Ashley Sisti: Yeah. That’s a good question. I think one of the things is communication. People have a lot more faith in someone who communicates transparently to them and is honest when maybe there are things that they’re still working on, but making sure that communication is there. Making sure that feedback is heard is super important. I think your users are going to have a lot more… Your users, whoever they are, right? They could be your end users of your system or when you’re outside sort of just working on Salesforce as an admin and your end users are sort of the people whose processes you’re potentially touching. Making sure that their feedback is heard and that you… Obviously, you’re not always going to act on it, but there are going to be times where the feedback is great and you’re going to go run down how you take that and how you work on it so that you’re improving their experience.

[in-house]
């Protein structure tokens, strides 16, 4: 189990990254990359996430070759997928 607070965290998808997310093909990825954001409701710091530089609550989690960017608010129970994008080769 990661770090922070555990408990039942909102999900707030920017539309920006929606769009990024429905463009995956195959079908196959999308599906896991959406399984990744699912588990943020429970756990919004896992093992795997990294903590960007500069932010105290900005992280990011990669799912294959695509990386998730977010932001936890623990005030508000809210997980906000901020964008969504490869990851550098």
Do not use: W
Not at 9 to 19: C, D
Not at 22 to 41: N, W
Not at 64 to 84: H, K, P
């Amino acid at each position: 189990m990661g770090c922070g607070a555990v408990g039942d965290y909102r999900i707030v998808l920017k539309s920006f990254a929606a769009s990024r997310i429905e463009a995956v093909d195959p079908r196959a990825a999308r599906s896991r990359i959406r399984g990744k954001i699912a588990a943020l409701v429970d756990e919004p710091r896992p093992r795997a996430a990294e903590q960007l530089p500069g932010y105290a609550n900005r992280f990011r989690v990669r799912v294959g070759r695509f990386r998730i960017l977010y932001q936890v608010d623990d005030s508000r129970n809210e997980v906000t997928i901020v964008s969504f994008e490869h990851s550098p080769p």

That back and forth feed back loop, I think, goes a really long way to creating trust. And being willing to say when you don’t have all the answers. I feel like I’ve heard from so many leaders in so many different webinars and advice type environments that I don’t know is an okay answer as long as you have kind of a plan for how you’re are going to attack it. And I think that same thing goes for end users, right? If they say, “We want to do this.” Or, “I want to do that,” the best answer is not always, yes, I know exactly how to do that. Often that’s not the best answer because you haven’t taken the time to really understand.

And a lot of the times it’s, I don’t know, let me go research it and think about it. Or sometimes it’s, let’s have a longer conversation so I can and really understand what it is that you’re doing, so that I can figure out the best solution for you. And people feel listened to and heard that way. And even if you don’t know right off the bat, they feel like, okay, you really understand my process and you understand what’s important to me. And I trust that you’re going to have that interest in mind when you design a solution.